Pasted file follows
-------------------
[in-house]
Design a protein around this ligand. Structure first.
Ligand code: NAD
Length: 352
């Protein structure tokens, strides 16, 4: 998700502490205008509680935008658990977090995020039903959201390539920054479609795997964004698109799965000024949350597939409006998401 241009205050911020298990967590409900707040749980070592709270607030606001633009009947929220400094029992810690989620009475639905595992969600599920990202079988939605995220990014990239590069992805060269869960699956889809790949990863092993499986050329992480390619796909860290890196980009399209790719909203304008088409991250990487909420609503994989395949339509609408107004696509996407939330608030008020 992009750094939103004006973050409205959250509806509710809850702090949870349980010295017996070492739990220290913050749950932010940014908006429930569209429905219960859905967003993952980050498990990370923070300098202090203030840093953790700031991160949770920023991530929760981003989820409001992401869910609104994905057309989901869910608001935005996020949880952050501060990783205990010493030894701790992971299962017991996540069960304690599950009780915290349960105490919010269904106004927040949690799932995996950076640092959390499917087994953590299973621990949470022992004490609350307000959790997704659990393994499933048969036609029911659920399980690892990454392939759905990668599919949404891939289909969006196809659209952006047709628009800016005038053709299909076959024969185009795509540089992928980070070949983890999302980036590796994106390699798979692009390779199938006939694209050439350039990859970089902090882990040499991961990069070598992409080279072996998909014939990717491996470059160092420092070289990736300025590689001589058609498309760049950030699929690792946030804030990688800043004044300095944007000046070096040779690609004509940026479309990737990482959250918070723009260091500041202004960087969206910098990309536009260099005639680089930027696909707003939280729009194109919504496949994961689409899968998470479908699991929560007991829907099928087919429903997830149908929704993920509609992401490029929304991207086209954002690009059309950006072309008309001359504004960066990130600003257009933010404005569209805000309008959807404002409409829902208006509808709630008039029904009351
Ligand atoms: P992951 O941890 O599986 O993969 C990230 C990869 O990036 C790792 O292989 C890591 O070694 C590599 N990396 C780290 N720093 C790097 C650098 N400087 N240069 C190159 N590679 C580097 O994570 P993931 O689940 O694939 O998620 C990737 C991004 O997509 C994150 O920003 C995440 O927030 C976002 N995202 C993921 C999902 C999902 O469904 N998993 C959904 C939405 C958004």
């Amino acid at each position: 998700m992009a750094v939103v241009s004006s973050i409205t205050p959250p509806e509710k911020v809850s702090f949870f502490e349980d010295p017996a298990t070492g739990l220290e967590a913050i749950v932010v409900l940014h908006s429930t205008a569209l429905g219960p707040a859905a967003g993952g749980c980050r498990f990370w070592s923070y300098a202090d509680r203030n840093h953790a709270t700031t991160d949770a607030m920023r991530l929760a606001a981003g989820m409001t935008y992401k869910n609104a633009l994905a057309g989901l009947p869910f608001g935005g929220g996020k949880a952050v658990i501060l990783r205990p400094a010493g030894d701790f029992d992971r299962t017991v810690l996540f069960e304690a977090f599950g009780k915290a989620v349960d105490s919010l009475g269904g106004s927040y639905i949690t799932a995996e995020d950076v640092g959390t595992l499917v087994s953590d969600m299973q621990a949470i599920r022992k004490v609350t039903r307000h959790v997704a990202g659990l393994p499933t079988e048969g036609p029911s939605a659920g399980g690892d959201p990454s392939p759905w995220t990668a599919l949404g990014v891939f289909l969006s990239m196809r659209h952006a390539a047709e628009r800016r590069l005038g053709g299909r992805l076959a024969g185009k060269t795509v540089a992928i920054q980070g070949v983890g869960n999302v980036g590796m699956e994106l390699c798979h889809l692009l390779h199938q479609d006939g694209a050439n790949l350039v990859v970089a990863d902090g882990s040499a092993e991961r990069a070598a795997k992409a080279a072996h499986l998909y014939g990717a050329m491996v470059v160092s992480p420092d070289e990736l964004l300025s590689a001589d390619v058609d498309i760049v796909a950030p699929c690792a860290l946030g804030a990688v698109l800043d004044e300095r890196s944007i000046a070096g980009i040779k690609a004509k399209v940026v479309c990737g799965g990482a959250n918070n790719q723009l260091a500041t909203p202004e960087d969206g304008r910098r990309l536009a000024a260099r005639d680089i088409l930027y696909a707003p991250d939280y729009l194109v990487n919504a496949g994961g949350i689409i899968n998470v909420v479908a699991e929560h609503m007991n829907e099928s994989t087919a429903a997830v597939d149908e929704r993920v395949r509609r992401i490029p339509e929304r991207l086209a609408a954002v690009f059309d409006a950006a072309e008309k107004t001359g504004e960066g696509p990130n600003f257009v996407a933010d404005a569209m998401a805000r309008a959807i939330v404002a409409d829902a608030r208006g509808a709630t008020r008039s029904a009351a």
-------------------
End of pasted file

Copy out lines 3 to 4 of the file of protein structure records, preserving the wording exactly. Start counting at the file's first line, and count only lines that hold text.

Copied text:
Ligand code: NAD
Length: 352